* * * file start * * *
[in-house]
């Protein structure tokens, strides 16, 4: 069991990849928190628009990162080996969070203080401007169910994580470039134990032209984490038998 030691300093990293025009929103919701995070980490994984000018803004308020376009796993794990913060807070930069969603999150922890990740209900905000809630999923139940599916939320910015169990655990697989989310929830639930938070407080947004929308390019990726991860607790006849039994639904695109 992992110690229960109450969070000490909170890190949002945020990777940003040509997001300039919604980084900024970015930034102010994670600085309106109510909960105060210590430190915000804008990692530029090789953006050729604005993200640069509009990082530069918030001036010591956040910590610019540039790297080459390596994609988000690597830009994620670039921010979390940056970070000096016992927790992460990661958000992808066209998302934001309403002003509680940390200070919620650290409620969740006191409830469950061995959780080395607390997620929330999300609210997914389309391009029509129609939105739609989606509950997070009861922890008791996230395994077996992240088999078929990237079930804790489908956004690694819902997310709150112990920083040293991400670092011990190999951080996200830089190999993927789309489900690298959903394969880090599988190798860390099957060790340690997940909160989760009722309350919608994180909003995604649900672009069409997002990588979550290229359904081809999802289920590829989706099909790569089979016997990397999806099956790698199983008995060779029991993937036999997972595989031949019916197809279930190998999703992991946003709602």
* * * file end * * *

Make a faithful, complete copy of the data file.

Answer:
[in-house]
């Protein structure tokens, strides 16, 4: 069991990849928190628009990162080996969070203080401007169910994580470039134990032209984490038998 030691300093990293025009929103919701995070980490994984000018803004308020376009796993794990913060807070930069969603999150922890990740209900905000809630999923139940599916939320910015169990655990697989989310929830639930938070407080947004929308390019990726991860607790006849039994639904695109 992992110690229960109450969070000490909170890190949002945020990777940003040509997001300039919604980084900024970015930034102010994670600085309106109510909960105060210590430190915000804008990692530029090789953006050729604005993200640069509009990082530069918030001036010591956040910590610019540039790297080459390596994609988000690597830009994620670039921010979390940056970070000096016992927790992460990661958000992808066209998302934001309403002003509680940390200070919620650290409620969740006191409830469950061995959780080395607390997620929330999300609210997914389309391009029509129609939105739609989606509950997070009861922890008791996230395994077996992240088999078929990237079930804790489908956004690694819902997310709150112990920083040293991400670092011990190999951080996200830089190999993927789309489900690298959903394969880090599988190798860390099957060790340690997940909160989760009722309350919608994180909003995604649900672009069409997002990588979550290229359904081809999802289920590829989706099909790569089979016997990397999806099956790698199983008995060779029991993937036999997972595989031949019916197809279930190998999703992991946003709602």